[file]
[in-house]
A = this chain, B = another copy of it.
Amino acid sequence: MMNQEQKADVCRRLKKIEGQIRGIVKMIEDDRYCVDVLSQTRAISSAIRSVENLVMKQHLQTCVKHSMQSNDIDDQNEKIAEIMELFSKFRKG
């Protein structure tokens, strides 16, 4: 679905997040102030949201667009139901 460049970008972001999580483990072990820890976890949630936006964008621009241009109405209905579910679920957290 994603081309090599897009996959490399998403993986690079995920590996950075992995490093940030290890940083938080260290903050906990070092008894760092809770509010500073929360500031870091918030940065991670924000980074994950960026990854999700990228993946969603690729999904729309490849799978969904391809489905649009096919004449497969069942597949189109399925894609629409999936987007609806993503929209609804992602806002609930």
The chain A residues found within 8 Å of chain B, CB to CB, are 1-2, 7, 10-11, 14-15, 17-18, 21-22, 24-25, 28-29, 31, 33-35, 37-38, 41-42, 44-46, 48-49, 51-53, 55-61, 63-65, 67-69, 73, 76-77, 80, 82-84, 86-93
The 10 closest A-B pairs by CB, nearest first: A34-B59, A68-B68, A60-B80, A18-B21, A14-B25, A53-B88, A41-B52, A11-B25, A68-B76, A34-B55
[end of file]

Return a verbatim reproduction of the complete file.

[in-house]
A = this chain, B = another copy of it.
Amino acid sequence: MMNQEQKADVCRRLKKIEGQIRGIVKMIEDDRYCVDVLSQTRAISSAIRSVENLVMKQHLQTCVKHSMQSNDIDDQNEKIAEIMELFSKFRKG
């Protein structure tokens, strides 16, 4: 679905997040102030949201667009139901 460049970008972001999580483990072990820890976890949630936006964008621009241009109405209905579910679920957290 994603081309090599897009996959490399998403993986690079995920590996950075992995490093940030290890940083938080260290903050906990070092008894760092809770509010500073929360500031870091918030940065991670924000980074994950960026990854999700990228993946969603690729999904729309490849799978969904391809489905649009096919004449497969069942597949189109399925894609629409999936987007609806993503929209609804992602806002609930």
The chain A residues found within 8 Å of chain B, CB to CB, are 1-2, 7, 10-11, 14-15, 17-18, 21-22, 24-25, 28-29, 31, 33-35, 37-38, 41-42, 44-46, 48-49, 51-53, 55-61, 63-65, 67-69, 73, 76-77, 80, 82-84, 86-93
The 10 closest A-B pairs by CB, nearest first: A34-B59, A68-B68, A60-B80, A18-B21, A14-B25, A53-B88, A41-B52, A11-B25, A68-B76, A34-B55